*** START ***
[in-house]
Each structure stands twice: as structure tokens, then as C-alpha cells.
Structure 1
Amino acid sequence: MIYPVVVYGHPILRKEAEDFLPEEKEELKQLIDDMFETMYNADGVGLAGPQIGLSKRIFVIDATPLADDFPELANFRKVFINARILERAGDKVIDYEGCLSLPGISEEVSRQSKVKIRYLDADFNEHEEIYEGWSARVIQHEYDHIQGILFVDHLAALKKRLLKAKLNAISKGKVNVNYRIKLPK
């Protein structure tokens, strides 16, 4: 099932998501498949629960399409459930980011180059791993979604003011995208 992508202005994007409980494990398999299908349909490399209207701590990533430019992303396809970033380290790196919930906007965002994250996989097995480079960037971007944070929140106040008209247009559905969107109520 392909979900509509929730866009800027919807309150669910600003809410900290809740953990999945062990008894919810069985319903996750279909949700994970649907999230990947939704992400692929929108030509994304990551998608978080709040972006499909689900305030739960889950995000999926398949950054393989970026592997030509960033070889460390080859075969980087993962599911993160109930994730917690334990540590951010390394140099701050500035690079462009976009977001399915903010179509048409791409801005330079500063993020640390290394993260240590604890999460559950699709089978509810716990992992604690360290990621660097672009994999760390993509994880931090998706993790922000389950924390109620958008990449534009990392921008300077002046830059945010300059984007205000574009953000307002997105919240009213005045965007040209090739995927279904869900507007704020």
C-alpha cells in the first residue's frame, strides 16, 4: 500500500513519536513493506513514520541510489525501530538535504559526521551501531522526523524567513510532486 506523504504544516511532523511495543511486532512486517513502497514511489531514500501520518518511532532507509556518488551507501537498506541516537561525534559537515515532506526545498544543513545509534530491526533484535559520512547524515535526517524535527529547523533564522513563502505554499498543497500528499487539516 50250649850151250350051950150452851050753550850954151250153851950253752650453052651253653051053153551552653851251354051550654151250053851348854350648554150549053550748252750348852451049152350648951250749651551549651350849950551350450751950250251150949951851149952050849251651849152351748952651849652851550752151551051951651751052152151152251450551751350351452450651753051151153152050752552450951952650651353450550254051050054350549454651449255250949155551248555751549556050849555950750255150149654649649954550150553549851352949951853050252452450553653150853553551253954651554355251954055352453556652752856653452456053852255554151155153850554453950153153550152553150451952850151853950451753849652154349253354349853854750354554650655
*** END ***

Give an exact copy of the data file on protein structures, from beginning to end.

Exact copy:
[in-house]
Each structure stands twice: as structure tokens, then as C-alpha cells.
Structure 1
Amino acid sequence: MIYPVVVYGHPILRKEAEDFLPEEKEELKQLIDDMFETMYNADGVGLAGPQIGLSKRIFVIDATPLADDFPELANFRKVFINARILERAGDKVIDYEGCLSLPGISEEVSRQSKVKIRYLDADFNEHEEIYEGWSARVIQHEYDHIQGILFVDHLAALKKRLLKAKLNAISKGKVNVNYRIKLPK
């Protein structure tokens, strides 16, 4: 099932998501498949629960399409459930980011180059791993979604003011995208 992508202005994007409980494990398999299908349909490399209207701590990533430019992303396809970033380290790196919930906007965002994250996989097995480079960037971007944070929140106040008209247009559905969107109520 392909979900509509929730866009800027919807309150669910600003809410900290809740953990999945062990008894919810069985319903996750279909949700994970649907999230990947939704992400692929929108030509994304990551998608978080709040972006499909689900305030739960889950995000999926398949950054393989970026592997030509960033070889460390080859075969980087993962599911993160109930994730917690334990540590951010390394140099701050500035690079462009976009977001399915903010179509048409791409801005330079500063993020640390290394993260240590604890999460559950699709089978509810716990992992604690360290990621660097672009994999760390993509994880931090998706993790922000389950924390109620958008990449534009990392921008300077002046830059945010300059984007205000574009953000307002997105919240009213005045965007040209090739995927279904869900507007704020």
C-alpha cells in the first residue's frame, strides 16, 4: 500500500513519536513493506513514520541510489525501530538535504559526521551501531522526523524567513510532486 506523504504544516511532523511495543511486532512486517513502497514511489531514500501520518518511532532507509556518488551507501537498506541516537561525534559537515515532506526545498544543513545509534530491526533484535559520512547524515535526517524535527529547523533564522513563502505554499498543497500528499487539516 50250649850151250350051950150452851050753550850954151250153851950253752650453052651253653051053153551552653851251354051550654151250053851348854350648554150549053550748252750348852451049152350648951250749651551549651350849950551350450751950250251150949951851149952050849251651849152351748952651849652851550752151551051951651751052152151152251450551751350351452450651753051151153152050752552450951952650651353450550254051050054350549454651449255250949155551248555751549556050849555950750255150149654649649954550150553549851352949951853050252452450553653150853553551253954651554355251954055352453556652752856653452456053852255554151155153850554453950153153550152553150451952850151853950451753849652154349253354349853854750354554650655